Eventually you should all be able to feed back into the process and improve... assuming you follow other advise and hire someone with the skills to complement yours.

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Lacking a real title, I will be "in charge" of this team.

Don't make the mistake of letting your desire / ambition to be "in charge" get in the way. If your company hires developers with more experience than you, the new hires may be a lot more suited to the team leader role than you are.

Your real value to the team and the company is your intimate knowledge of the products as currently implemented.

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This is very similar to the situation I was in a few months ago. The best advice I can give is drop the typical hubris of being a programmer and hire the best of the best your company can afford.

I was "in charge" for a while, but a team member with more experience stepped up and I gladly relinquished my administrative duties so I could do what I'm best at, writing quality code. I'm still a mentor to the team as you will be.

If you do what's best for the company in this situation, you will be rewarded.

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There are going to be heated technical discussions: new programmers have a bias, they have experienced a few ways to do things and when confronted with a new way that they don't understand, they'll first think it makes no sense and needs changing. Programmers who have worked on their own for years are likely to be defensive about their work, and also their work will be somewhat idiosyncratic, because of the number of problems they've solved without discussing things with other people.

Be aware of those biases, welcome the fresh input, don't be too defensive and don't make rash decisions to change everything either.

There are many good sides to working in a team, especially getting your code reviewed by a colleague. Insist on that for all team members including yourself from the start.

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As the senior developer you will need manager hat on and start looking at your company's hr policies. (especially items such as holiday entitlement, sick leave procedures and disciplinary process although I hope you will never need it)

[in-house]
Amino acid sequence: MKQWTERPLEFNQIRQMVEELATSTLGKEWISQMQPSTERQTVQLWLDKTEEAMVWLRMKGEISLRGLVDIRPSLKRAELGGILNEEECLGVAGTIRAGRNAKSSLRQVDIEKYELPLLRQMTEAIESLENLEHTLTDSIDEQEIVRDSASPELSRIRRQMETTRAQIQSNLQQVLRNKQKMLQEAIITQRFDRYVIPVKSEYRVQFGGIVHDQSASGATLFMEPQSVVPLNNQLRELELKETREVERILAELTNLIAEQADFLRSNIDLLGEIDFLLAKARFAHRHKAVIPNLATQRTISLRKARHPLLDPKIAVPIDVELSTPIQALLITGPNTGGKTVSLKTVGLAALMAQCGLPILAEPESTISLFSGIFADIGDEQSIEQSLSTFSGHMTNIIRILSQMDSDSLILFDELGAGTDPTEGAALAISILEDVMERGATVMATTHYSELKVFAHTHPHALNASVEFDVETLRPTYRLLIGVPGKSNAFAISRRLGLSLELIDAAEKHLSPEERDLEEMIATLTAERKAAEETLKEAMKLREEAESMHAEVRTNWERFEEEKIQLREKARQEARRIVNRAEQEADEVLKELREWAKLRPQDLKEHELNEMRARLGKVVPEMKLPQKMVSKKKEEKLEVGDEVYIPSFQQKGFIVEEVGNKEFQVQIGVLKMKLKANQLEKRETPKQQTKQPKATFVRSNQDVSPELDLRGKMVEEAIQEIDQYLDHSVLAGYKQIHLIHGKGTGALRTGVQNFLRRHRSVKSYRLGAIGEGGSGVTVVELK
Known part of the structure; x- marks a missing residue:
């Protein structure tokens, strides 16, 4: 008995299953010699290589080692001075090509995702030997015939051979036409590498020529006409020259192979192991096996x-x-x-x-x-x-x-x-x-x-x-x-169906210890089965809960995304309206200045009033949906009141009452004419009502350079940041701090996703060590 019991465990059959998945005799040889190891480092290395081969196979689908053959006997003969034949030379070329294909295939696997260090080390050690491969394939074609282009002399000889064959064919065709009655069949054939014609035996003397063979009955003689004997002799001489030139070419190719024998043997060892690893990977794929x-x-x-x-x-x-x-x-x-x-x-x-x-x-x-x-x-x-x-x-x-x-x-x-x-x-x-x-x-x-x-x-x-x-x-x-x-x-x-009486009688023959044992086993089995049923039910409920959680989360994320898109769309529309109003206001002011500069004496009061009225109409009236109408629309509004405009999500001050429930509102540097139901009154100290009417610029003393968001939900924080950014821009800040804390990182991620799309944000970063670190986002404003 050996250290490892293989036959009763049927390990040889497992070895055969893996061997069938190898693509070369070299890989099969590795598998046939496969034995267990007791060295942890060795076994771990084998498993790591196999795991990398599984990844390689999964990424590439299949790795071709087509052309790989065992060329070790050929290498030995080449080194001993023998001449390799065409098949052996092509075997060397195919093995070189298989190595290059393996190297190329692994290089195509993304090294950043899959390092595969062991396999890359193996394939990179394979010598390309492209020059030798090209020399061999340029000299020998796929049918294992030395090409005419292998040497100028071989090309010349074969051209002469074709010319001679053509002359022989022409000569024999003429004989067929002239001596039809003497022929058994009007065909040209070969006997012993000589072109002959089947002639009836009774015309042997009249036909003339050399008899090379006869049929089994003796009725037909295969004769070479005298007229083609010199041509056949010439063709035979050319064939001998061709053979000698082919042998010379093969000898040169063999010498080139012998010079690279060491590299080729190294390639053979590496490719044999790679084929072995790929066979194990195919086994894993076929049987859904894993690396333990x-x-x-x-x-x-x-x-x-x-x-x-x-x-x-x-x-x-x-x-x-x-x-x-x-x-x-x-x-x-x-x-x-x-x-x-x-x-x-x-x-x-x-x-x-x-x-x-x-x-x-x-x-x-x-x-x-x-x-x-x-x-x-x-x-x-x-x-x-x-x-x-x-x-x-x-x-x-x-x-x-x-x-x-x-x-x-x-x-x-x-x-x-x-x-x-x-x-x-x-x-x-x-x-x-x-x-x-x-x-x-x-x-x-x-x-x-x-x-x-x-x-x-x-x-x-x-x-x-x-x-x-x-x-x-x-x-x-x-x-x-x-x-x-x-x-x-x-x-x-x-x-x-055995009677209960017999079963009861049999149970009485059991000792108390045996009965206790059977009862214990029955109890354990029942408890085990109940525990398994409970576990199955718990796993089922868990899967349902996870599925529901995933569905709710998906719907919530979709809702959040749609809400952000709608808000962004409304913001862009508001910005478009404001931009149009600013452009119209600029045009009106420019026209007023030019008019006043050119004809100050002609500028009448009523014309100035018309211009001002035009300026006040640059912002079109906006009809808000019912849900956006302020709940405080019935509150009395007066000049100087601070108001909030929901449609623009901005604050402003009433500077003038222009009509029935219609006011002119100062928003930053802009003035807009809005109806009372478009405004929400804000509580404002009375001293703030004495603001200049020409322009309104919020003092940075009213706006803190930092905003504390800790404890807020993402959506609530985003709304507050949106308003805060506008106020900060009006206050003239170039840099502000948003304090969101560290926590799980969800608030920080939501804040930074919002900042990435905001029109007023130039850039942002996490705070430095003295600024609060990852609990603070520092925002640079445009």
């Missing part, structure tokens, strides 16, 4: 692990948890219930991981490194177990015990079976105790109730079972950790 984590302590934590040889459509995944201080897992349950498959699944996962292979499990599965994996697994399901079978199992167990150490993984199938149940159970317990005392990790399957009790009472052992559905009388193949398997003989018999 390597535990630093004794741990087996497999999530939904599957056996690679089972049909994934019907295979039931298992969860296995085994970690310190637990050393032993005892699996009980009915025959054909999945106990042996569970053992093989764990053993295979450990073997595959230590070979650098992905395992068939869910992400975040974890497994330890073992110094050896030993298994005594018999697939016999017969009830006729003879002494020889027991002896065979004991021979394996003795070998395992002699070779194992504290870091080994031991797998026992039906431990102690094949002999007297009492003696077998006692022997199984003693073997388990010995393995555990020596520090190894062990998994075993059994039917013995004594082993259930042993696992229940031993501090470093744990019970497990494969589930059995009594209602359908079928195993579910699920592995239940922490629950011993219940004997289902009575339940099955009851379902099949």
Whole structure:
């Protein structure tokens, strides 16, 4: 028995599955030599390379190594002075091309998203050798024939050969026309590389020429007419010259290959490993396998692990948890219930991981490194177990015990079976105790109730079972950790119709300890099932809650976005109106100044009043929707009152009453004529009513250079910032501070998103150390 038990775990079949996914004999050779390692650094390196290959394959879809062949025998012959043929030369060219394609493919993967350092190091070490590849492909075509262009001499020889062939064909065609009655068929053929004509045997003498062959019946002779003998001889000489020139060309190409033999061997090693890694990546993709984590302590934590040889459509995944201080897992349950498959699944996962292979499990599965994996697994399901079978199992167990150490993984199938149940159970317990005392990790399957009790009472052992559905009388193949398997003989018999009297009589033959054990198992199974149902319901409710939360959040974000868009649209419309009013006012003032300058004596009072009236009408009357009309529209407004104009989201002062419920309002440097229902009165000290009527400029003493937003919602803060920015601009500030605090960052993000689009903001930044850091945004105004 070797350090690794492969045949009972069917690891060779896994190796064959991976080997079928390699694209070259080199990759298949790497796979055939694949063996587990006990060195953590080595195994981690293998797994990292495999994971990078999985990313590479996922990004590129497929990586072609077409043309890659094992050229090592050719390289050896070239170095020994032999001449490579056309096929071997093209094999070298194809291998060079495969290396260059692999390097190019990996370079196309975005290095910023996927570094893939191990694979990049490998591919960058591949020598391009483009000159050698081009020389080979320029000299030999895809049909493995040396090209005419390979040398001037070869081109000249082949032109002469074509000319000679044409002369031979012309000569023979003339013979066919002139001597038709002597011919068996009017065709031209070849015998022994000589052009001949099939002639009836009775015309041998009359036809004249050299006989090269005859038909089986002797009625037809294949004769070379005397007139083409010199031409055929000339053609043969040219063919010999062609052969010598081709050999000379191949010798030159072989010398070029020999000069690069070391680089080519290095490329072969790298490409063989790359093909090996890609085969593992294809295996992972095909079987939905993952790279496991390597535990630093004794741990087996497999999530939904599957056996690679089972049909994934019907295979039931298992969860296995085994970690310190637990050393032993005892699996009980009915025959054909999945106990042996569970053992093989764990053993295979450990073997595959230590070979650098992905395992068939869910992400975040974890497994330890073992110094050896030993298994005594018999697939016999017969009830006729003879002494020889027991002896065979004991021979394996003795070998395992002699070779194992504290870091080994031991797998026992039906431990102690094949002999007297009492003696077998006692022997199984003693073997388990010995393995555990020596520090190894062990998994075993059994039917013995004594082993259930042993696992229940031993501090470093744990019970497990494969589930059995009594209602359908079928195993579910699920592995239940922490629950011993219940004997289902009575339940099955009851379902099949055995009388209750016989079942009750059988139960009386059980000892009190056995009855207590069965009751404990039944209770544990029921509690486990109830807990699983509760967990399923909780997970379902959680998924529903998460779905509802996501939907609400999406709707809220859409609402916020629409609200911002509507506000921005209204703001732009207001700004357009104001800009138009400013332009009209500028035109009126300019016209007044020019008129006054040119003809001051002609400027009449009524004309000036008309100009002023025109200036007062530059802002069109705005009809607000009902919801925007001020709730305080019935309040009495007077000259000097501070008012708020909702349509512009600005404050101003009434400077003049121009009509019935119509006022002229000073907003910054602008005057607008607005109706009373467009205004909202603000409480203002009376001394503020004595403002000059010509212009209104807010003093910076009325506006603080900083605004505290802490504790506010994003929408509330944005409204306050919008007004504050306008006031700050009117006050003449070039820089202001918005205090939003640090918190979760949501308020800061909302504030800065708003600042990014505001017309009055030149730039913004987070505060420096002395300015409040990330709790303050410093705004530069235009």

Now depending on the new hires skills and ability start delegating some aspects of your current work, you will need the time for managing priorities and scheduling.

One good source of simple and basic management skills on what to do and how in a professional manner is http://www.manager-tools.com. They do regular podcasts on management and career advice, not to mention a sizeable back catalog of material for you.

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The book Brownfield Application Development in .Net has some ideas that I think should help. Part of the advice is how to set things up so that they're repeatable across team members, and across time.

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A lot of the tips provided are excellent, I would just add a few from my experience in a similar position.

  1. Get involved in the hiring decisions and don't be afraid to veto candidates that are not . You'll need to work closely with the team and they'll represent your to your clients and to management.
  2. Establish a culture of honesty with your team members and expect honesty from them especially when the situations are difficult.
  3. Learn to delegate and then focus on solutions and not process.